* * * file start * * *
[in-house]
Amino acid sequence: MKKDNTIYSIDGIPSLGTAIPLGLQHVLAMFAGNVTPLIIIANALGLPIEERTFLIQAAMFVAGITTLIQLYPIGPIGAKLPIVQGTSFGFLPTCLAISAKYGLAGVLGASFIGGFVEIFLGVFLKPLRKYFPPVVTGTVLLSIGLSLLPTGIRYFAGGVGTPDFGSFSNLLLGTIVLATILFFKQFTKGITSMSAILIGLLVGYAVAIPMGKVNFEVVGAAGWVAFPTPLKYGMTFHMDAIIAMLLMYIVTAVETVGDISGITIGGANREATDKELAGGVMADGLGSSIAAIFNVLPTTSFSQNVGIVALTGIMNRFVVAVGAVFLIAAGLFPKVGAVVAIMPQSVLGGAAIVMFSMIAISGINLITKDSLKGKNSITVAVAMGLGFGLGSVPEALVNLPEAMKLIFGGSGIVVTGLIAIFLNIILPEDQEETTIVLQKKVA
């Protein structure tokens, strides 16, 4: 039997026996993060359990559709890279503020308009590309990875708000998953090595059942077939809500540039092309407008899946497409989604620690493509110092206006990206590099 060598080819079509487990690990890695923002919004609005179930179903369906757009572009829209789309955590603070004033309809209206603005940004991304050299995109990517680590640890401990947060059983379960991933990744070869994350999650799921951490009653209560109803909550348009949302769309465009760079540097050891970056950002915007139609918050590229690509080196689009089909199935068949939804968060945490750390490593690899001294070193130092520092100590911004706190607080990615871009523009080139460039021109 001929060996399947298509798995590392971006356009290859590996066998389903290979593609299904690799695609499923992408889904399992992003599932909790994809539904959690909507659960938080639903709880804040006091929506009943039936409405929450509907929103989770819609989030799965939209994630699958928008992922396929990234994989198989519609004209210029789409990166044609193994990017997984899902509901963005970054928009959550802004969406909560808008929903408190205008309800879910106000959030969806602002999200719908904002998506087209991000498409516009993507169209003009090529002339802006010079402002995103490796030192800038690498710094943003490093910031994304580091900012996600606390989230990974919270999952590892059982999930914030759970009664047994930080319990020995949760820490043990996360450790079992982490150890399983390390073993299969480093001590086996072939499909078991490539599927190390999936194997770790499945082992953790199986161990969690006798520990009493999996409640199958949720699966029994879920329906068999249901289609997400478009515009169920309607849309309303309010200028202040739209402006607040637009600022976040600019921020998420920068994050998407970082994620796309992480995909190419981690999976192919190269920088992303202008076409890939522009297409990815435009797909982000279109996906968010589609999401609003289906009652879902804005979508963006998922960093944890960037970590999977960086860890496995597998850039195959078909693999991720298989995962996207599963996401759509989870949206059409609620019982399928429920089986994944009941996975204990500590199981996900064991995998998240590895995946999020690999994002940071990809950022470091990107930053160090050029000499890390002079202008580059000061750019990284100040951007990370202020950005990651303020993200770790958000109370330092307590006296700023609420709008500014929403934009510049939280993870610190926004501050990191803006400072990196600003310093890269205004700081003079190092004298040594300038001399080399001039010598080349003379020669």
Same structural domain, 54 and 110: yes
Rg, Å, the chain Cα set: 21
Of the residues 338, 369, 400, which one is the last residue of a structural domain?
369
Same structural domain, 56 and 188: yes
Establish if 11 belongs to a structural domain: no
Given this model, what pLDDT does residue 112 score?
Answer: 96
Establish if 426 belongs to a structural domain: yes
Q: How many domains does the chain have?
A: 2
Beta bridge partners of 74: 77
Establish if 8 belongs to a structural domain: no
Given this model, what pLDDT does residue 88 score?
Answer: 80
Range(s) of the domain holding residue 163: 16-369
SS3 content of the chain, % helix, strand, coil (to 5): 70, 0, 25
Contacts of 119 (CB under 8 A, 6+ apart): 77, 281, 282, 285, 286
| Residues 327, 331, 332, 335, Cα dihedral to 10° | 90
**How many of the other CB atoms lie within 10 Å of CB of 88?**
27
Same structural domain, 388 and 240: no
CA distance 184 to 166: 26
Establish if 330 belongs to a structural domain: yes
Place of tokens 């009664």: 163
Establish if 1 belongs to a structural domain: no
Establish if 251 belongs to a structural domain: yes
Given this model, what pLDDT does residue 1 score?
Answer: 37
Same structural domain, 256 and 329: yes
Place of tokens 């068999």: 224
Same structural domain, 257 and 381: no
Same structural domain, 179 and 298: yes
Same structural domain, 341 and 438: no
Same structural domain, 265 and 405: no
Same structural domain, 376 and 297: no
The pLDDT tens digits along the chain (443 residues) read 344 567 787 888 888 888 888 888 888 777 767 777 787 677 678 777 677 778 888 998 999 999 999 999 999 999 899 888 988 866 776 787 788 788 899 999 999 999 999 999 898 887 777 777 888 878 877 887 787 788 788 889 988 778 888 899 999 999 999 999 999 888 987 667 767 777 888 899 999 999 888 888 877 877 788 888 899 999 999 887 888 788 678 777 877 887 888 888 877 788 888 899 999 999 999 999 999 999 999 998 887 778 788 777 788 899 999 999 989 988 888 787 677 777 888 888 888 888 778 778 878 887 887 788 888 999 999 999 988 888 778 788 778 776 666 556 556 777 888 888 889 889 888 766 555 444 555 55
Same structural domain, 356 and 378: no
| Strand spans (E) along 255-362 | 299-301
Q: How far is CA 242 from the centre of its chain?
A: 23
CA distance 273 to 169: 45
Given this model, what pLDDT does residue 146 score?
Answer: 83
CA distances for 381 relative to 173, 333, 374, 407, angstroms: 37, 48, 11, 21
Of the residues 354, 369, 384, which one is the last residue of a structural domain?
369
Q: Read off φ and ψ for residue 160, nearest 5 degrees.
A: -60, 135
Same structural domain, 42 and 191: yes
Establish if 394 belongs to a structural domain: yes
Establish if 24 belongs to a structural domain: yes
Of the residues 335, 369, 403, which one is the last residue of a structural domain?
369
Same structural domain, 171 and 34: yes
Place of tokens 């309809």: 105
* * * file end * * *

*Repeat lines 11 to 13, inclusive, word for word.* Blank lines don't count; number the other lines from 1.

Answer: 96
Establish if 426 belongs to a structural domain: yes
Q: How many domains does the chain have?